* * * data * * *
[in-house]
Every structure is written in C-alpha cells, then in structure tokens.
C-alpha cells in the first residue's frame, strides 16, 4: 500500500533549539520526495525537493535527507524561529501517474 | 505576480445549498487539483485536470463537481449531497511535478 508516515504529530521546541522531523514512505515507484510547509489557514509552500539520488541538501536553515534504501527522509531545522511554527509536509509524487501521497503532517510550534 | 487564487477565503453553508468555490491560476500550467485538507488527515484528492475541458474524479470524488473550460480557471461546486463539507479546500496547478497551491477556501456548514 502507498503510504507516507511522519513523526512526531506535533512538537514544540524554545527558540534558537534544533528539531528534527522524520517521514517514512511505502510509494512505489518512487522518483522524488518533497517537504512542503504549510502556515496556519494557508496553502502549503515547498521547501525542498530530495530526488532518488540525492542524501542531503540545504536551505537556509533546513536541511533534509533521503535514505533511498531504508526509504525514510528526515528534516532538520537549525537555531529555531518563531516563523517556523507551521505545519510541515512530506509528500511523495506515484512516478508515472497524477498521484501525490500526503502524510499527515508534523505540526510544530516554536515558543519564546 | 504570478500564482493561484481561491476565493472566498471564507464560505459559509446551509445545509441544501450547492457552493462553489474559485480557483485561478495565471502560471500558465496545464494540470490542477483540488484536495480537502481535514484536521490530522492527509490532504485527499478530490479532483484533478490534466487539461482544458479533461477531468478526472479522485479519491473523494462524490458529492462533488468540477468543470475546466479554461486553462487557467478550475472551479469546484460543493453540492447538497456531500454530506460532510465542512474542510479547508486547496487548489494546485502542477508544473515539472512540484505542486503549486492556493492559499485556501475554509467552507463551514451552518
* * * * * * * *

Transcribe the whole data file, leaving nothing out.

[in-house]
Every structure is written in C-alpha cells, then in structure tokens.
C-alpha cells in the first residue's frame, strides 16, 4: 500500500533549539520526495525537493535527507524561529501517474 | 505576480445549498487539483485536470463537481449531497511535478 508516515504529530521546541522531523514512505515507484510547509489557514509552500539520488541538501536553515534504501527522509531545522511554527509536509509524487501521497503532517510550534 | 487564487477565503453553508468555490491560476500550467485538507488527515484528492475541458474524479470524488473550460480557471461546486463539507479546500496547478497551491477556501456548514 502507498503510504507516507511522519513523526512526531506535533512538537514544540524554545527558540534558537534544533528539531528534527522524520517521514517514512511505502510509494512505489518512487522518483522524488518533497517537504512542503504549510502556515496556519494557508496553502502549503515547498521547501525542498530530495530526488532518488540525492542524501542531503540545504536551505537556509533546513536541511533534509533521503535514505533511498531504508526509504525514510528526515528534516532538520537549525537555531529555531518563531516563523517556523507551521505545519510541515512530506509528500511523495506515484512516478508515472497524477498521484501525490500526503502524510499527515508534523505540526510544530516554536515558543519564546 | 504570478500564482493561484481561491476565493472566498471564507464560505459559509446551509445545509441544501450547492457552493462553489474559485480557483485561478495565471502560471500558465496545464494540470490542477483540488484536495480537502481535514484536521490530522492527509490532504485527499478530490479532483484533478490534466487539461482544458479533461477531468478526472479522485479519491473523494462524490458529492462533488468540477468543470475546466479554461486553462487557467478550475472551479469546484460543493453540492447538497456531500454530506460532510465542512474542510479547508486547496487548489494546485502542477508544473515539472512540484505542486503549486492556493492559499485556501475554509467552507463551514451552518